Unless you're a Saudi prince, the first thing you'll realize when shopping the Kanye West x adidas Yeezy Season 1 collection is that it is very, very, very expensive. There's no doubt that the primary backlash to this first drop will mainly be people complaining about what are, objectively, high prices.
Anyone who wants to get a look that's similar to this collection—billowing tops and trim bottoms with military and sportswear direction in a dusty color palette—without dropping a small fortune only has to wait a few weeks before fast-fashion megapowers like H&M and Zara begin knocking off Season 1 and offer similar-looking but far inferior quality garments with double digit price tags.
It's become the predictable cycle of a hyper-globalized apparel industry: intel is quickly gathered from the runways of Paris, Milan, and New York; labor and material costs are pushed down to keep prices as low as possible; nimble distribution reaches a global scale and product turnover is kept at a rapid pace until consumers tire of it and move onto the next trend. This has become the de facto process, and it's a reality all popular designers now face.
Most individuals would be fucking pissed when fast-fashion retailers start offering a copy of their vision for a fraction of the original price. Getting straight ripped by these global chains cheapens their craft, essentially saturates the marketplace with their product, and ruins the exclusivity of the brand's aesthetic.
Strangely, I kinda have a feeling this may be exactly what Kanye wants.
Kanye is privy to how this game works, and knows these monoliths are going to absolutely yank his shit. But here's the thing: he's always wanted to offer his vision at mass market price points, which most people can afford in an effort to step up their aesthetics. He's said before that "My end goal 10 years from now would be to have everything at a Zara level."
Well guess what? Even with adidas on his side at the moment, Ye doesn't have the production and distribution capacities yet to truly cater to the masses. But by pushing his specific vision out there at, yes, wildly high prices, a trickle down effect of his singular vision has been initiated, which will arrive on Zara's racks and on the masses' backs in a very short time.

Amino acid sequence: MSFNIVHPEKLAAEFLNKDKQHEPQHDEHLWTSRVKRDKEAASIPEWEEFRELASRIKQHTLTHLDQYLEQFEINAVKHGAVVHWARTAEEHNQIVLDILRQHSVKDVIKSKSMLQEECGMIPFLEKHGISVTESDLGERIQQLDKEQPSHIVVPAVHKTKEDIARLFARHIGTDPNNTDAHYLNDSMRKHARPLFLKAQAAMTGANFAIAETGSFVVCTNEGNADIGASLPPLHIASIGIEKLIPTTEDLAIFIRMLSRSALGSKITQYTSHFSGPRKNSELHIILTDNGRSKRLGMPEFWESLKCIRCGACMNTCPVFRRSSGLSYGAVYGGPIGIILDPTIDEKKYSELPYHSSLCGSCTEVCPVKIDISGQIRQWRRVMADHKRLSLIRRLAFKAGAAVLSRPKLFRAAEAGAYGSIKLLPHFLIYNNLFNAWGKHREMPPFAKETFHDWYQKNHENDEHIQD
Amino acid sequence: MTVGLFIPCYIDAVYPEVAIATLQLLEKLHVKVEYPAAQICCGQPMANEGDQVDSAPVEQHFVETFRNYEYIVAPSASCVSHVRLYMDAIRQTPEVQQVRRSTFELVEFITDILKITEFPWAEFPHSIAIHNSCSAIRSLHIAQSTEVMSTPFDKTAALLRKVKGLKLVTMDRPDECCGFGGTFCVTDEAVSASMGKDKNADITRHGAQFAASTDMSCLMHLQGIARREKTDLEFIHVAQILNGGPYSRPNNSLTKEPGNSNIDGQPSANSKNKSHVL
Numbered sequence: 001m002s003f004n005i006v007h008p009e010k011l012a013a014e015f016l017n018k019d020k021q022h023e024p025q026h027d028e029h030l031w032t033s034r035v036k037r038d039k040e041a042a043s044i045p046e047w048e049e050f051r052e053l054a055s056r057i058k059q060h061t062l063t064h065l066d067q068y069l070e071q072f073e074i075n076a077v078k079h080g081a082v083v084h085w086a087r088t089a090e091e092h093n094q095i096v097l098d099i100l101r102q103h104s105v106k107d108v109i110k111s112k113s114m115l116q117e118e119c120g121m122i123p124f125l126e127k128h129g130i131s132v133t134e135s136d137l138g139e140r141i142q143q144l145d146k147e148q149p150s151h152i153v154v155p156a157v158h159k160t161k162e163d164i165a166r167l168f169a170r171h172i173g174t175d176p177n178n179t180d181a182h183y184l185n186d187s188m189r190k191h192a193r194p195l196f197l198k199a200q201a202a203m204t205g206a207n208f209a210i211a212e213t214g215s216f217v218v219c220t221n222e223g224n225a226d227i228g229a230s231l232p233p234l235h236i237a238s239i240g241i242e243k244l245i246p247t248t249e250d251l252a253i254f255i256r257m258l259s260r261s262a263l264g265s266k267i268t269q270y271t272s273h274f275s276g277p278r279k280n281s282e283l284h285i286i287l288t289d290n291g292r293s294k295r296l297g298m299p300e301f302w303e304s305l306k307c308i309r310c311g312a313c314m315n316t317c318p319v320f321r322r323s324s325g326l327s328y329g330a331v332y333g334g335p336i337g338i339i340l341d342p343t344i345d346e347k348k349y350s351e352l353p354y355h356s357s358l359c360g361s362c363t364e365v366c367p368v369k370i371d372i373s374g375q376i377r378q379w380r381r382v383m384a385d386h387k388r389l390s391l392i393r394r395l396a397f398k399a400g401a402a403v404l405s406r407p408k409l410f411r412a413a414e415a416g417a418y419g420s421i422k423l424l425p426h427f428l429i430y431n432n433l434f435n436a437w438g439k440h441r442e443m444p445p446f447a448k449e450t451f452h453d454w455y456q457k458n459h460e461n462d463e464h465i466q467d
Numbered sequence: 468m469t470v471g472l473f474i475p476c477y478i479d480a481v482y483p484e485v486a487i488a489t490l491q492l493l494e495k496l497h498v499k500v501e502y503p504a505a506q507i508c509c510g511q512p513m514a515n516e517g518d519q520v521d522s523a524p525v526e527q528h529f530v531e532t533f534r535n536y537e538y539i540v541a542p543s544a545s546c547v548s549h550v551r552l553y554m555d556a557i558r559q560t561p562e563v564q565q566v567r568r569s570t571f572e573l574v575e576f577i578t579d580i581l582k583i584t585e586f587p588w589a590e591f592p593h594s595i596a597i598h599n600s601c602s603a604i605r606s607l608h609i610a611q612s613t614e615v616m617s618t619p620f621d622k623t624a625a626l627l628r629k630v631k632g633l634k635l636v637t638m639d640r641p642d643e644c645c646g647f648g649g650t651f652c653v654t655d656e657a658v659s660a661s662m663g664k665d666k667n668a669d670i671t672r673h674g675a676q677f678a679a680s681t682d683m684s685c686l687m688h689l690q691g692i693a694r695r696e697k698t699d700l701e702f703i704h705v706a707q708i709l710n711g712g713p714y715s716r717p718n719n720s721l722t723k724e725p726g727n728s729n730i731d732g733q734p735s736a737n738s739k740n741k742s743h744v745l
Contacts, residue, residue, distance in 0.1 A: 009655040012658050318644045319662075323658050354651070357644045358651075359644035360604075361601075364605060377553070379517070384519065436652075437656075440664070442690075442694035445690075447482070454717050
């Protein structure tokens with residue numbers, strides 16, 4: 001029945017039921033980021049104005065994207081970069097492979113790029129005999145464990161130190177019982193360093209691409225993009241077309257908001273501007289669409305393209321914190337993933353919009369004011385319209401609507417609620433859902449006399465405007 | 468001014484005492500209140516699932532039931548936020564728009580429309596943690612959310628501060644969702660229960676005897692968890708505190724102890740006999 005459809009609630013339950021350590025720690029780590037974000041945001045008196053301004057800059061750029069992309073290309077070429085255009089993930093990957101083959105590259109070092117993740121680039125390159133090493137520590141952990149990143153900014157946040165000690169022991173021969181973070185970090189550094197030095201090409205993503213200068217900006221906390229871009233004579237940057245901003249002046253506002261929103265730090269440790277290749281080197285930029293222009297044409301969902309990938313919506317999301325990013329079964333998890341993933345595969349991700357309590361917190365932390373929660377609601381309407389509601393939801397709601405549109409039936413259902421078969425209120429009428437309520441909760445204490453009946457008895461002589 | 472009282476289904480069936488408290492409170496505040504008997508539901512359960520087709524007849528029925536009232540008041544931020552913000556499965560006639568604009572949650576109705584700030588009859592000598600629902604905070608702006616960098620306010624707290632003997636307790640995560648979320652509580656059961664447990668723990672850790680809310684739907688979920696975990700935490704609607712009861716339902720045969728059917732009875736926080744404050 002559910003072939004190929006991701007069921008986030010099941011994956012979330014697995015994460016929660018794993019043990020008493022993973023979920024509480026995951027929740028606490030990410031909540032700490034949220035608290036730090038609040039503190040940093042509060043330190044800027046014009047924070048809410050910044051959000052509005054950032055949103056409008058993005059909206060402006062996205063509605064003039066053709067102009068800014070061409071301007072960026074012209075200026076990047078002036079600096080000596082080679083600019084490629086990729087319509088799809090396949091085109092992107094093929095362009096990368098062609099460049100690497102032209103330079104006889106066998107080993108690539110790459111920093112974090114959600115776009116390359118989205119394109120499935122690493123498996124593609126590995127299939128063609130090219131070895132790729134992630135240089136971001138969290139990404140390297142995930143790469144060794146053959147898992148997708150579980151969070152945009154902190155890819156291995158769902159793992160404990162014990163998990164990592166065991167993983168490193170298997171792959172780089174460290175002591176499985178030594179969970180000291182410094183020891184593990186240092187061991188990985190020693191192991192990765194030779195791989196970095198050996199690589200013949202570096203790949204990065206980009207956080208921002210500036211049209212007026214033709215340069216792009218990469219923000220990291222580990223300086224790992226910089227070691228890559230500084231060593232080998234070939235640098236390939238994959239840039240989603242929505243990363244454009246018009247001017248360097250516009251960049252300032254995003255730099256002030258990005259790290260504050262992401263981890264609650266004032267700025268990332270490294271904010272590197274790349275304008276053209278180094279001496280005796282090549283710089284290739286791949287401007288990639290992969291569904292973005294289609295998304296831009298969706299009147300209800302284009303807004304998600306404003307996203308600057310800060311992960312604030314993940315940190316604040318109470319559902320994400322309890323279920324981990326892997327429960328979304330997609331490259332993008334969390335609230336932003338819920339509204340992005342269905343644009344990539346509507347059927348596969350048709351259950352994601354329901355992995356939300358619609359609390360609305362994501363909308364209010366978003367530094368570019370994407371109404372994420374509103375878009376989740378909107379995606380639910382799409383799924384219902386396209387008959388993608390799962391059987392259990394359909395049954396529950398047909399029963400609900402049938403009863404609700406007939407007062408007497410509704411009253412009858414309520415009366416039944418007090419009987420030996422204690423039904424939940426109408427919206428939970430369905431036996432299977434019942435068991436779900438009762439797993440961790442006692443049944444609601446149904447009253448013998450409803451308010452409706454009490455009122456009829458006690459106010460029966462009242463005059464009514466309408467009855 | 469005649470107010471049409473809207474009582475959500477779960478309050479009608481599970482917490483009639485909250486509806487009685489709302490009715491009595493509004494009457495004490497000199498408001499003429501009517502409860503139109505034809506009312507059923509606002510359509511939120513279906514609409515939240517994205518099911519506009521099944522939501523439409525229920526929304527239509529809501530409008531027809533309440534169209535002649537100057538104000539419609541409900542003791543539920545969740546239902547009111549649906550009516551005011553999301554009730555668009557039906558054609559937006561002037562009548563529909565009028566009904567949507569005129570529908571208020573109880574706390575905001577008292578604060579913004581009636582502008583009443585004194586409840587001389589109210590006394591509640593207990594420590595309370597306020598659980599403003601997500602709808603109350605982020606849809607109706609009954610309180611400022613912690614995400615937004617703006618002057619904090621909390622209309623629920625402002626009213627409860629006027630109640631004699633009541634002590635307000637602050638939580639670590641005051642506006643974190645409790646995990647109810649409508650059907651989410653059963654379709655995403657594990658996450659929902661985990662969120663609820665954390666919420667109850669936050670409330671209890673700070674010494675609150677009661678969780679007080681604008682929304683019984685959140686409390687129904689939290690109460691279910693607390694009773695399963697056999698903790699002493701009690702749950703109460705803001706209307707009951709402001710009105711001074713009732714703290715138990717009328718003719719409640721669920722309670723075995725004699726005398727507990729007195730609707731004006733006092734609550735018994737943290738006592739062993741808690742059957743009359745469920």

With the big picture intention of elevating the general standard in taste and design across the full spectrum of society, seeing his designs copied and sold at a very accessible price point should, in a weird way, excite him.
Of course, simply partnering with a place like Zara and Target on product that merges his vision with global resources would probably result in outerwear that clocks in under $4,000. But if Yeezy pulled a Lauren Conrad and worked with Kohl's, or took a page out of his wife's playbook and partnered with Sears, the devastating blow to the collective cachet, not to mention a serious dip in quality, would probably sink the project off the rip. Partnering with adidas made sense for numerous reasons, but who knows? Since it looks like adidas isn't as involved with Season 2, maybe Ye's options are open to create a new deal that allows for a holy trifecta of scaling up in quantity, retaining the quality of Season 1, and lowering prices.
During the Yeezy Season 1 fashion show back in February, a pre-recorded speech played over the speakers before models stepped onto the runway space. Kanye's main point in the soliloquy was that this effort was all about "cracking the pavement" of the establishment and telling all the aspiring kids out there to stop hesitating and start chasing their creative dreams. Again, it's just a theory, but if democratizing fashion and bringing an element of high-design to a mass audience in an effort to lift all creative ships truly is Kanye's end goal, then simply releasing pursuing and releasing Yeezy Season 1 is the first big step in that direction.